Hey, everyone --
During his State of the Union address, the President asked me to lead an across-the-board review of our nation's job-training programs.
It's a top priority for the President, and it is absolutely critical to our economy's success.
So earlier today, I put forward a roadmap for how the United States can keep and maintain the highest-skilled workforce in the world.
I've met with business leaders, community college presidents, governors and mayors, and most importantly, hard-working Americans who were hit hard by the Great Recession, but who are doing everything they can to learn new skills to find a decent, good-paying middle-class job.
And there was a clear consensus: We must rethink how we train today's workers so that our programs are job-driven, teaching real skills that employers need.
We’ve heard from businesses that many jobs in today's brightest sectors go unfilled because there simply aren't enough people with the skills to do them. That's not good for businesses, it's not good for workers, and it's not good for this country.
Some of our country's businesses, community colleges, and state and local training programs -- often supported with federal dollars -- have found ways to successfully prepare Americans for these jobs. We need to make sure our entire system is learning from them.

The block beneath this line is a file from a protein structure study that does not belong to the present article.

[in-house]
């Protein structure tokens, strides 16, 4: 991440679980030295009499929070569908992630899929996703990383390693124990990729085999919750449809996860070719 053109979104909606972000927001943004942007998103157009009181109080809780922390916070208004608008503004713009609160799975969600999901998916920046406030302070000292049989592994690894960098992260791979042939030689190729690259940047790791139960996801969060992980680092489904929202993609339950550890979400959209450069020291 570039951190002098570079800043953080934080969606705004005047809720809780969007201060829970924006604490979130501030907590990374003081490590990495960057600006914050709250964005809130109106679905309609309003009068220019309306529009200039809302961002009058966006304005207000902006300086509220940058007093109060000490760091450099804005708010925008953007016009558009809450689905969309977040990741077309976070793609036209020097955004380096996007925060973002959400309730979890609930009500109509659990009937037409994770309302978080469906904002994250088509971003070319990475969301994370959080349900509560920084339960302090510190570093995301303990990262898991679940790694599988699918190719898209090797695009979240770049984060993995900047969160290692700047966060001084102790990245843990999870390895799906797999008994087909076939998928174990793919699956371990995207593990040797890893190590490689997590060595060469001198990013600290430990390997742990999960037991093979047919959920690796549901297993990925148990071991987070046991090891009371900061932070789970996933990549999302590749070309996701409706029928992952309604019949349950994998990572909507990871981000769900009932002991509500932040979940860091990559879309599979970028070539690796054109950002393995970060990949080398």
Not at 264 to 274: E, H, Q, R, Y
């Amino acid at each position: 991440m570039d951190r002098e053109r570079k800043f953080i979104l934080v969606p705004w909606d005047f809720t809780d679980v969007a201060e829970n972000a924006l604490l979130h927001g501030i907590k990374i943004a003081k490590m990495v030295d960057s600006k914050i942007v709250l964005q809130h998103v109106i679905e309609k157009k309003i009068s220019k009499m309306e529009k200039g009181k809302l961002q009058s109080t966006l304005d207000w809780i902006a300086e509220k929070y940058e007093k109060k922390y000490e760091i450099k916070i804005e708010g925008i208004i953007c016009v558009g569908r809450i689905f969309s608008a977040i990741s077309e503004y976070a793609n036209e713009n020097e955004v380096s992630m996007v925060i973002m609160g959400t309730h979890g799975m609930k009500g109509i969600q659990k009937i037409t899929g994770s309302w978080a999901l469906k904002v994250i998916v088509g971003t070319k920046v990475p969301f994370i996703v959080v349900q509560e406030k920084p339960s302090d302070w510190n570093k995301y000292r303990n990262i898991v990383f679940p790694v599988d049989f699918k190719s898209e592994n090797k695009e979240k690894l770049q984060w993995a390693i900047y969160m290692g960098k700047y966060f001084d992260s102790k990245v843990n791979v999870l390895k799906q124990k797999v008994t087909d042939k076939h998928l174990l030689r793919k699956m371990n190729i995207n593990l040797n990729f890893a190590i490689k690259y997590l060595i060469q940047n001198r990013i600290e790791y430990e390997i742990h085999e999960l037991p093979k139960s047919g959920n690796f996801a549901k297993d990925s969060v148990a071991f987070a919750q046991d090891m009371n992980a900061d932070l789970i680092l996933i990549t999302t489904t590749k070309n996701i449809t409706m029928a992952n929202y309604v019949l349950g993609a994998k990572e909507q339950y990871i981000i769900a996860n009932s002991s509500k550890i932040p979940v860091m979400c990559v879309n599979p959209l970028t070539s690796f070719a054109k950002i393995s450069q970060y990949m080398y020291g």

Find out why training programs matter for middle-class Americans -- and which ones around the country are working best.
We're taking steps to improve that training, directing federal agencies to make current programs that serve more than 21 million Americans smarter, and holding training programs that use public funds accountable for making a difference.
This isn't the only step we're taking to make sure Americans have the skills they need, either. Today, I joined President Obama as he signed the Workforce Innovation and Opportunity Act into law. It connects more ready-to-work Americans with ready-to-be-filled jobs. And it builds on bipartisan efforts in Congress to improve business engagement and accountability. While there's still more to do, it's another important step in getting Americans working.
Vice President Joe Biden